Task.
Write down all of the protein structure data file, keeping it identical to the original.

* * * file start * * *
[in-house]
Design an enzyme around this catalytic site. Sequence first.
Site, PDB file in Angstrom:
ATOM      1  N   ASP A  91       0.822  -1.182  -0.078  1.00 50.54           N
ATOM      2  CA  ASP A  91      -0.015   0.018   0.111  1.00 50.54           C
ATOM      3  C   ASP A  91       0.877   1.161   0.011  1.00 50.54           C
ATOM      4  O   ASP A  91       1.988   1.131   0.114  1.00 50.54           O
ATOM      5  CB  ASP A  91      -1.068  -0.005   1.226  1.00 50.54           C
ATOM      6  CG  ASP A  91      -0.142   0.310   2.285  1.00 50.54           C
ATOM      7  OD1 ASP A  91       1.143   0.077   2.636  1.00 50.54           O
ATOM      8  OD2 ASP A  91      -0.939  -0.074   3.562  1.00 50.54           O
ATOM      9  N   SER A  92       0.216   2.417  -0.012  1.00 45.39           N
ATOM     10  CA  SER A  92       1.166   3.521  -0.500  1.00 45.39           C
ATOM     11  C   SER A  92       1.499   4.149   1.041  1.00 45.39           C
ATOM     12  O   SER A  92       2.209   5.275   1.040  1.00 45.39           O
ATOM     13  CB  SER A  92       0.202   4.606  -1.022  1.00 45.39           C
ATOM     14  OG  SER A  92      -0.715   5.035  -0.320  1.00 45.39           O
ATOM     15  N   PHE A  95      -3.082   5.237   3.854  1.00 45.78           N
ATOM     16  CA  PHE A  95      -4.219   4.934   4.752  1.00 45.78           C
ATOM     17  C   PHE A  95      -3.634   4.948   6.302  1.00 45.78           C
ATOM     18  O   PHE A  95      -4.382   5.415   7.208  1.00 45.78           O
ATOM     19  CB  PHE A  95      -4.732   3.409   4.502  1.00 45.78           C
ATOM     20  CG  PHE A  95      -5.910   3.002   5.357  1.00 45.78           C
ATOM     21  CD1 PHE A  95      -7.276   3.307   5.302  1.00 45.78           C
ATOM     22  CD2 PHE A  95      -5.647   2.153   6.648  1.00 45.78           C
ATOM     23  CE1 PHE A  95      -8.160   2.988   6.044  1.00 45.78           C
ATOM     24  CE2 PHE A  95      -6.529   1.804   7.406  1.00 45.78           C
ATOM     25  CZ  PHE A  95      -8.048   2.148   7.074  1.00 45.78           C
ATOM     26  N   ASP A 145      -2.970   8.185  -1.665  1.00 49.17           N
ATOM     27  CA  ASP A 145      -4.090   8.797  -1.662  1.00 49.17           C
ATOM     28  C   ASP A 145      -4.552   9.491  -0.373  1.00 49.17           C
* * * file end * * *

[in-house]
Design an enzyme around this catalytic site. Sequence first.
Site, PDB file in Angstrom:
ATOM      1  N   ASP A  91       0.822  -1.182  -0.078  1.00 50.54           N
ATOM      2  CA  ASP A  91      -0.015   0.018   0.111  1.00 50.54           C
ATOM      3  C   ASP A  91       0.877   1.161   0.011  1.00 50.54           C
ATOM      4  O   ASP A  91       1.988   1.131   0.114  1.00 50.54           O
ATOM      5  CB  ASP A  91      -1.068  -0.005   1.226  1.00 50.54           C
ATOM      6  CG  ASP A  91      -0.142   0.310   2.285  1.00 50.54           C
ATOM      7  OD1 ASP A  91       1.143   0.077   2.636  1.00 50.54           O
ATOM      8  OD2 ASP A  91      -0.939  -0.074   3.562  1.00 50.54           O
ATOM      9  N   SER A  92       0.216   2.417  -0.012  1.00 45.39           N
ATOM     10  CA  SER A  92       1.166   3.521  -0.500  1.00 45.39           C
ATOM     11  C   SER A  92       1.499   4.149   1.041  1.00 45.39           C
ATOM     12  O   SER A  92       2.209   5.275   1.040  1.00 45.39           O
ATOM     13  CB  SER A  92       0.202   4.606  -1.022  1.00 45.39           C
ATOM     14  OG  SER A  92      -0.715   5.035  -0.320  1.00 45.39           O
ATOM     15  N   PHE A  95      -3.082   5.237   3.854  1.00 45.78           N
ATOM     16  CA  PHE A  95      -4.219   4.934   4.752  1.00 45.78           C
ATOM     17  C   PHE A  95      -3.634   4.948   6.302  1.00 45.78           C
ATOM     18  O   PHE A  95      -4.382   5.415   7.208  1.00 45.78           O
ATOM     19  CB  PHE A  95      -4.732   3.409   4.502  1.00 45.78           C
ATOM     20  CG  PHE A  95      -5.910   3.002   5.357  1.00 45.78           C
ATOM     21  CD1 PHE A  95      -7.276   3.307   5.302  1.00 45.78           C
ATOM     22  CD2 PHE A  95      -5.647   2.153   6.648  1.00 45.78           C
ATOM     23  CE1 PHE A  95      -8.160   2.988   6.044  1.00 45.78           C
ATOM     24  CE2 PHE A  95      -6.529   1.804   7.406  1.00 45.78           C
ATOM     25  CZ  PHE A  95      -8.048   2.148   7.074  1.00 45.78           C
ATOM     26  N   ASP A 145      -2.970   8.185  -1.665  1.00 49.17           N
ATOM     27  CA  ASP A 145      -4.090   8.797  -1.662  1.00 49.17           C
ATOM     28  C   ASP A 145      -4.552   9.491  -0.373  1.00 49.17           C